Update: CDC Amount of Time to Quarantine

The CDC finally updated their website, on December 2, to reflect options for reducing the amount of time in quarantine. 

The CDC now recommends two additional options for how long quarantine should last. Based on local availability of viral testing, for people without symptoms quarantine can end:

  • On day 10 without testing
    • Quarantine can end after Day 10 without testing and if no symptoms have been reported during daily monitoring.
    • With this strategy, residual post-quarantine transmission risk is estimated to be between 1 -  11% 
  • On day 7 after receiving a negative test result.
    • Day 7 if a diagnostic specimen tests negative and if no symptoms were reported during daily monitoring. The specimen may be collected and tested within 48 hours before the time of planned quarantine discontinuation (e.g., in anticipation of testing delays), but quarantine cannot be discontinued earlier than after Day 7.
    • With this strategy, the residual post-quarantine transmission risk is estimated to be between 5% - 12%.

After stopping quarantine, the CDC is still recommend that people should do the following:

  • Watch for symptoms until 14 days after exposure.
  • If they have symptoms, immediately self-isolate and contact their local public health authority or healthcare provider.
  • Wear a mask, stay at least 6 feet from others, wash their hands, avoid crowds, and take other steps to prevent the spread of COVID-19.

However, they still have the following disclaimer at the bottom of the options to reduce quarantine.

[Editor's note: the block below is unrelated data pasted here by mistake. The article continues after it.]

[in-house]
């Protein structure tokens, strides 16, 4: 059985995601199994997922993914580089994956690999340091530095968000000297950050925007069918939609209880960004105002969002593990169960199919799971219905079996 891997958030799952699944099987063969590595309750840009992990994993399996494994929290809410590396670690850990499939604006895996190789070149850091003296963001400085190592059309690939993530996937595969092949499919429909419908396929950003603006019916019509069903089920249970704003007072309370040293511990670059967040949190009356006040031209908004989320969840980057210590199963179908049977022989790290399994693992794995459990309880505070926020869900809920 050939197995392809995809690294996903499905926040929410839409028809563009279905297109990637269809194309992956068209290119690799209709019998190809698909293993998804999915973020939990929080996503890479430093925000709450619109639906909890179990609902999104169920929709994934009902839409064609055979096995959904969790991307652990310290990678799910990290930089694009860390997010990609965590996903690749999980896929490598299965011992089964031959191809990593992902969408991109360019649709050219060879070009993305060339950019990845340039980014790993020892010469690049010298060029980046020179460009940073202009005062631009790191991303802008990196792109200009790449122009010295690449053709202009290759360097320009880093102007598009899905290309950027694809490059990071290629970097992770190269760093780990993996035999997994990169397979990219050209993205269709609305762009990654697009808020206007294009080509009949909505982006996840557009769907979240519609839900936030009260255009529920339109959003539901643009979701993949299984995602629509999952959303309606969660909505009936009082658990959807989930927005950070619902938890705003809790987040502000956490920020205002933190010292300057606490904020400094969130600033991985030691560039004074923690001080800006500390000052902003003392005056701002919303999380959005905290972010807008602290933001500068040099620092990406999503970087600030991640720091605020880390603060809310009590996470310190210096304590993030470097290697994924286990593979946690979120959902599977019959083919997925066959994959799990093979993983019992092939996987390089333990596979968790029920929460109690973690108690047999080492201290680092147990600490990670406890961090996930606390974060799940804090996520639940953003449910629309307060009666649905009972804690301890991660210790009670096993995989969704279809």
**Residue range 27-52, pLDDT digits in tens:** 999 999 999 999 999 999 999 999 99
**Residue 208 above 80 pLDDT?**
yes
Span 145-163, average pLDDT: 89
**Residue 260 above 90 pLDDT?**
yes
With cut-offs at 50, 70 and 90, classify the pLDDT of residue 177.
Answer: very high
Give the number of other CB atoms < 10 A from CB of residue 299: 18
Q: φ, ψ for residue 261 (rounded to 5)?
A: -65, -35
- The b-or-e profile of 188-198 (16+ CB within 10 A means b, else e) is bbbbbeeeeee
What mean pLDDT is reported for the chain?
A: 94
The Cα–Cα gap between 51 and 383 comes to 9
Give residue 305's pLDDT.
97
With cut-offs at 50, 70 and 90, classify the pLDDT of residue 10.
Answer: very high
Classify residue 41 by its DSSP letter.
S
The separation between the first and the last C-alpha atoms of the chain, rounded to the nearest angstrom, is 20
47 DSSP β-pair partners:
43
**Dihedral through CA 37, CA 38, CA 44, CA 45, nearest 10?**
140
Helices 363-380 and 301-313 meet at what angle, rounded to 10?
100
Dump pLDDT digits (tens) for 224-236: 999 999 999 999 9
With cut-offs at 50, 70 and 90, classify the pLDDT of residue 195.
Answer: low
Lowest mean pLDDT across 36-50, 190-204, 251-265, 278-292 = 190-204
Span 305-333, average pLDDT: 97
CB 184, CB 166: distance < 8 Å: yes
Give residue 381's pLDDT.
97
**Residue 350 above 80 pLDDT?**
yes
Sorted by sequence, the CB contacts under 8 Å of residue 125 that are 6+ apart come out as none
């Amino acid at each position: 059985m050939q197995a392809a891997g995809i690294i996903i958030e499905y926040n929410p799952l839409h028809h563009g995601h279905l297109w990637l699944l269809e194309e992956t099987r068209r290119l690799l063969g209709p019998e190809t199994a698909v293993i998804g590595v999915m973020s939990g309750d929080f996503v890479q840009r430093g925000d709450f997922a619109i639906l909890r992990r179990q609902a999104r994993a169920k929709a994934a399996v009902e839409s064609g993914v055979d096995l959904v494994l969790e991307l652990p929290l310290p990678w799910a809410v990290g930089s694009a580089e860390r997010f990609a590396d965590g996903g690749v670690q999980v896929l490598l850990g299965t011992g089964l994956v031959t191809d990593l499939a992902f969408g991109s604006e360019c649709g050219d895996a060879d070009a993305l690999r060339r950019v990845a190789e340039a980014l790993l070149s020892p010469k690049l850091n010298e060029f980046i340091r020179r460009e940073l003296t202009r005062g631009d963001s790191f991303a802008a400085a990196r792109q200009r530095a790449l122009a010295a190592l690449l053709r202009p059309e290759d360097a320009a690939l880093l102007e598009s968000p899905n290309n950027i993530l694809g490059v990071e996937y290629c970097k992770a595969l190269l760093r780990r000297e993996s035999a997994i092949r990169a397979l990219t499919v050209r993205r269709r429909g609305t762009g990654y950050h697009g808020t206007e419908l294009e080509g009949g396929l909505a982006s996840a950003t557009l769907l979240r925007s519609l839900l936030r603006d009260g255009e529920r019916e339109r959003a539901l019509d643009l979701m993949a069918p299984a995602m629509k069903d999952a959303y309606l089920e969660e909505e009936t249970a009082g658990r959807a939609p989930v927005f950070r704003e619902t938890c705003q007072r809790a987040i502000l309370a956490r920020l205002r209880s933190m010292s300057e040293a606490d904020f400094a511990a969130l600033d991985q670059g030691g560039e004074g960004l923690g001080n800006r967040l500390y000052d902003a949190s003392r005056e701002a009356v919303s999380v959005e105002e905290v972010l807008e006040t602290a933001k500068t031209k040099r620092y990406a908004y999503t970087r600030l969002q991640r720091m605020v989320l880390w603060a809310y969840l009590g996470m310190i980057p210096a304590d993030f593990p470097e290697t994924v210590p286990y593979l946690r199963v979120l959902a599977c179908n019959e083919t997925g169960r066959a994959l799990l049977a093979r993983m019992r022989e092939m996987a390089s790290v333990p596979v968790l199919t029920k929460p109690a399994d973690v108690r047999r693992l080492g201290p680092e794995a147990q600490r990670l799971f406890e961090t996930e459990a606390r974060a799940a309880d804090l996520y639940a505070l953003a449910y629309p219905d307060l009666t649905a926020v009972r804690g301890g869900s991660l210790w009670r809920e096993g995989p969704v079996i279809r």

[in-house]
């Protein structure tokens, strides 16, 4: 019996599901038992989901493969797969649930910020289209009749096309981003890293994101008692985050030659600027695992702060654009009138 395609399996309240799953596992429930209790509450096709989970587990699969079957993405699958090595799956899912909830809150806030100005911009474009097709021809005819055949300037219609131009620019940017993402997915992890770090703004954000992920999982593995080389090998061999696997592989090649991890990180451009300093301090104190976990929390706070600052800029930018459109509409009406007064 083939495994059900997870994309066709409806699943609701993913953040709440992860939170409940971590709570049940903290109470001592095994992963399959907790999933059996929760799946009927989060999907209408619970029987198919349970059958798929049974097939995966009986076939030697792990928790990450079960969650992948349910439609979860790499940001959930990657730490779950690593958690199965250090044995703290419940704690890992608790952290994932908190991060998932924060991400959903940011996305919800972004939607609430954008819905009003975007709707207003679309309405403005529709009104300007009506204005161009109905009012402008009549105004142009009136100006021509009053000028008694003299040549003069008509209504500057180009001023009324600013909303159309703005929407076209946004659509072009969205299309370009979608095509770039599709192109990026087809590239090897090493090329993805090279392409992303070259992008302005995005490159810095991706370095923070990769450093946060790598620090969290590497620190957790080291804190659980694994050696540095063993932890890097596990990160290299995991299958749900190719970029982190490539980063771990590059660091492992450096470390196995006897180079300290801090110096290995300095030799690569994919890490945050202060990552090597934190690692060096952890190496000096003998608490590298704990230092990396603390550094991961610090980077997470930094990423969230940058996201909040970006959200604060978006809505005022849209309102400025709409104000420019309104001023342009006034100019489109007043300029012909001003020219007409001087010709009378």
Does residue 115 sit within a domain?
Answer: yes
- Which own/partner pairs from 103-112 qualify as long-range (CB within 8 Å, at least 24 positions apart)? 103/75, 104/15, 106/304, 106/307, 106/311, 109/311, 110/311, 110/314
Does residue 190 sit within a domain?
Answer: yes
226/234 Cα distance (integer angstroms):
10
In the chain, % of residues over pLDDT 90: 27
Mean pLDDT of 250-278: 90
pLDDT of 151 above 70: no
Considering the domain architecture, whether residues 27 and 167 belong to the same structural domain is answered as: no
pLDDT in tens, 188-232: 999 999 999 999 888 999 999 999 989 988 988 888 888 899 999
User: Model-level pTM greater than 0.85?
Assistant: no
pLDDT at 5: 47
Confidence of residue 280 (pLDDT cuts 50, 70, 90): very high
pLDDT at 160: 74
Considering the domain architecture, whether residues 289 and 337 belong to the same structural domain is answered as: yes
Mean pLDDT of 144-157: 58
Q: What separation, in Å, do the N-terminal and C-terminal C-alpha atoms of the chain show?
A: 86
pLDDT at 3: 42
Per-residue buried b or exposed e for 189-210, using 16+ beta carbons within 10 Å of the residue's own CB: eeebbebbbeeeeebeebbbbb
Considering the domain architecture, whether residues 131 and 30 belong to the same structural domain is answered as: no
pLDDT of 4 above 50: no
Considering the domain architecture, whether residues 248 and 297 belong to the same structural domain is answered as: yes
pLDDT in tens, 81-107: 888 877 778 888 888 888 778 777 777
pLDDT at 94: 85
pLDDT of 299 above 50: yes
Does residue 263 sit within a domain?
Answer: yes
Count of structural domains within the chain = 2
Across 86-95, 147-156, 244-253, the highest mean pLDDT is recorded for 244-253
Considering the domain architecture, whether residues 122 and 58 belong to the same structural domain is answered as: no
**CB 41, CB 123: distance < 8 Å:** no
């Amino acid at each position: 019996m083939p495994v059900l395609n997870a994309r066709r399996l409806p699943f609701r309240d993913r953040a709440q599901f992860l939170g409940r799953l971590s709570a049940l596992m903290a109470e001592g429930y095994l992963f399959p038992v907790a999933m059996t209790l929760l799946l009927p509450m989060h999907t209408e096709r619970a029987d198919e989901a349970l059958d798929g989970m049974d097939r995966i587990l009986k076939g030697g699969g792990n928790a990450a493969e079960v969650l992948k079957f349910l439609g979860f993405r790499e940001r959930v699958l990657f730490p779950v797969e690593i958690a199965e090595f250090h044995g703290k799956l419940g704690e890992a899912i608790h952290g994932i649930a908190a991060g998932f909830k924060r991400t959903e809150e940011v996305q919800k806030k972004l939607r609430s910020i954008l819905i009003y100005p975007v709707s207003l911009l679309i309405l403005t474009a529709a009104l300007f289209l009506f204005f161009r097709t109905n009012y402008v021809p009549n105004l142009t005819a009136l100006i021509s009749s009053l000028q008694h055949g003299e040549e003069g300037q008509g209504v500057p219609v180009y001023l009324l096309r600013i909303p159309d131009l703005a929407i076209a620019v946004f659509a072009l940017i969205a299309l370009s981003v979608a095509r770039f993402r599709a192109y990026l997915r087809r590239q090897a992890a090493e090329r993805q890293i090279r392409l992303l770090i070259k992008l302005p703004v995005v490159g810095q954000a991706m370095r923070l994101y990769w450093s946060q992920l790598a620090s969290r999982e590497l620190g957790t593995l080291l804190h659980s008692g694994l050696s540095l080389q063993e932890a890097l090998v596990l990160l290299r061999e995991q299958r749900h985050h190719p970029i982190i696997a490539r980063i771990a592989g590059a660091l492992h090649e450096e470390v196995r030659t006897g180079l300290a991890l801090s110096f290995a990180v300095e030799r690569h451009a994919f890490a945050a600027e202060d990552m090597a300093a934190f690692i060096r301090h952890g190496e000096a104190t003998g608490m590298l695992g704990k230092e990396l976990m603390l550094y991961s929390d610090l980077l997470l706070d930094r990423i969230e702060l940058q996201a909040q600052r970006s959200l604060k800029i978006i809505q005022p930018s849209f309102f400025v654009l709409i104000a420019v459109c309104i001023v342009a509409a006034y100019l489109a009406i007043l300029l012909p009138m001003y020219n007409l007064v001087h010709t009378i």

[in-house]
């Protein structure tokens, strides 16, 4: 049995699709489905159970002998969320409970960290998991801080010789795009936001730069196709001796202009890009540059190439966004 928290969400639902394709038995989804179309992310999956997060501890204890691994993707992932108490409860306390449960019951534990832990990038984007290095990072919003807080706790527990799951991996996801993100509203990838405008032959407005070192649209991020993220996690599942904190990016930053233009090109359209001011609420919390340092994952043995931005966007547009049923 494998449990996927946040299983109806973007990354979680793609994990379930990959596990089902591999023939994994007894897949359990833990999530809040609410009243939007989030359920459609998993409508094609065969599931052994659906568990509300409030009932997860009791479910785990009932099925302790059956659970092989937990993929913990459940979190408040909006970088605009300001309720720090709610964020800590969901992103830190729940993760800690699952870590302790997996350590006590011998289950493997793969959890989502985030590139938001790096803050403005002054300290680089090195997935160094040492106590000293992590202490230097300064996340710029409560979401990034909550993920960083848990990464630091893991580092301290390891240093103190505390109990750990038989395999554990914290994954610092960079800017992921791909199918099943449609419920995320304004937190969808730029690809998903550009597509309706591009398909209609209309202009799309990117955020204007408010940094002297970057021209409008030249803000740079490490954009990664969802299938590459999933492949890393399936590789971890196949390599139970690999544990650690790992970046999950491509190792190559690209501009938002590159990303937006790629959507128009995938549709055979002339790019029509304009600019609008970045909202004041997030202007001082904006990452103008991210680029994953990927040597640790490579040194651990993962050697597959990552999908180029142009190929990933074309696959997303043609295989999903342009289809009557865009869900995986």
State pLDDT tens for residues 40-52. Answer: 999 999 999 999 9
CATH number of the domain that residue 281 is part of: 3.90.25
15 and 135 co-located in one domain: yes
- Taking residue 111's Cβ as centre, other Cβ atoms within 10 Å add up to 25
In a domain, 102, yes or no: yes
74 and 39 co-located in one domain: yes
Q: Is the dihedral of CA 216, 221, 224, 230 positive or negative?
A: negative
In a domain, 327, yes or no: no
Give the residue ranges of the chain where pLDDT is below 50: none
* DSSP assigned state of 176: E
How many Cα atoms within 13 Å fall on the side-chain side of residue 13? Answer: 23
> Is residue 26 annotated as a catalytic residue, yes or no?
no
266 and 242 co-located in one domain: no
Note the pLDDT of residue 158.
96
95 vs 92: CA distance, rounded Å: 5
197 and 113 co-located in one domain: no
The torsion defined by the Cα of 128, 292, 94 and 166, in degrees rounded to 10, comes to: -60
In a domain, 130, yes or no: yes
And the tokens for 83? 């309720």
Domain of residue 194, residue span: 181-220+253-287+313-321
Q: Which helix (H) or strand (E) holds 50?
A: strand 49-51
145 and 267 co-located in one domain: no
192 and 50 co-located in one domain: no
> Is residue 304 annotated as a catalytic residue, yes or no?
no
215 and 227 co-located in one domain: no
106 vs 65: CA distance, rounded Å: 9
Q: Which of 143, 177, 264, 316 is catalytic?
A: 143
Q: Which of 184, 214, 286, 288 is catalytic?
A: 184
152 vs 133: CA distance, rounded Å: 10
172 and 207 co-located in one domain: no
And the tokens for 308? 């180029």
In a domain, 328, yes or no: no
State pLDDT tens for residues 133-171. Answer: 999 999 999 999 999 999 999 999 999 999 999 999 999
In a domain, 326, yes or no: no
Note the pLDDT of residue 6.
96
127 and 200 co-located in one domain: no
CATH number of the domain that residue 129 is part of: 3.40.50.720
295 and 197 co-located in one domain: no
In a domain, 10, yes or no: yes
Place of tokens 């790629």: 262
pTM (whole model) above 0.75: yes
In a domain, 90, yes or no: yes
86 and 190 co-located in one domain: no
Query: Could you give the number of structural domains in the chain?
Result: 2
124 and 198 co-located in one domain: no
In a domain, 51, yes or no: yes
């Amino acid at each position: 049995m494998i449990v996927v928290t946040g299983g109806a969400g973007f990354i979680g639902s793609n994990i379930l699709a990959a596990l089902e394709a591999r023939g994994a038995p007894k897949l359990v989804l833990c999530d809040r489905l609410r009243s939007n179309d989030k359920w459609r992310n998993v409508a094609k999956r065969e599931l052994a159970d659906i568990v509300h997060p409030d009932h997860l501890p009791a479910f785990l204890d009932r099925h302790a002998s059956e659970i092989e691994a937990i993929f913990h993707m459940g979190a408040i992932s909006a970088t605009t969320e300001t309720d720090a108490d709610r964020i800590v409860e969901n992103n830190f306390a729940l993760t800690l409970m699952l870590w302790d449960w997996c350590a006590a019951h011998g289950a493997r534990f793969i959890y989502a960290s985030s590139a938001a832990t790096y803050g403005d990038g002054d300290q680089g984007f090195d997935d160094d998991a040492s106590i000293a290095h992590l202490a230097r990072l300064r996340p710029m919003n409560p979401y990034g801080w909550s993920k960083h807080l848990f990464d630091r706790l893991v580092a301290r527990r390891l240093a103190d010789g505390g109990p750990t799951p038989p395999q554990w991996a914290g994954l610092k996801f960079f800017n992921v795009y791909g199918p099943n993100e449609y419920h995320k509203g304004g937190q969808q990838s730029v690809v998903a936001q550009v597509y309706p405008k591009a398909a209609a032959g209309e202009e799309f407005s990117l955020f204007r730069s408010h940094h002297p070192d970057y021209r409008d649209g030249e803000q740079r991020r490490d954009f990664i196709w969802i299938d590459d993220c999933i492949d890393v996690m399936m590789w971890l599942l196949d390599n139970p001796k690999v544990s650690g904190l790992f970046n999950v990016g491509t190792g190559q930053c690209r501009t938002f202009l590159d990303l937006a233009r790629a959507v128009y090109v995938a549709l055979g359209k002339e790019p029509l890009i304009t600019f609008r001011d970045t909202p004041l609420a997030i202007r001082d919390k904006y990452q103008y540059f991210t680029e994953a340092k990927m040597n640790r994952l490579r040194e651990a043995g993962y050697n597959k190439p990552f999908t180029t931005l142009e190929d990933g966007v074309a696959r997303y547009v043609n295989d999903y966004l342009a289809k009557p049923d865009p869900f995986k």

CDC continues to endorse quarantine for 14 days and recognizes that any quarantine shorter than 14 days balances reduced burden against a small possibility of spreading the virus. CDC will continue to evaluate new information and update recommendations as needed.

I reviewed their data on the percentage possibilities of infection spread based on the day in which quarantine is completed and can be discontinued.

As you can see in the chart above we do not see a significant drop in the infection potential until after the 10th day. There is still up to a 10% chance that the individual could be infected and spread the virus. The RT-PCR* Testing at 10 days drops to a maximum of 2.4%.

Persons can discontinue quarantine at these time points only if the following criteria are also met:

  • No clinical evidence of COVID-19 has been elicited by daily symptom monitoring during the entirety of quarantine up to the time at which quarantine is discontinued; and,
  • Daily symptom monitoring continues through quarantine Day 14; and,
  • Persons are counseled regarding the need to adhere strictly through quarantine Day 14 to all recommended non-pharmaceutical interventions. They should be advised that if any symptoms develop, they should immediately self-isolate and contact the local public health authority or their healthcare provider to report this change in clinical status.

Moreover looking at the CDC disclaimer and the potential for infection rate being in the double digits until after day 10, as an organization you will need to determine what your protocols will be. As a risk manager, I will always err on the side of caution, especially since CDC continues to endorse quarantine for 14 days.

Should you have any questions please do not hesitate to call me.

Jim Greaves ASSP, FSR, PSS
Associate Partner & Director of Risk Management​

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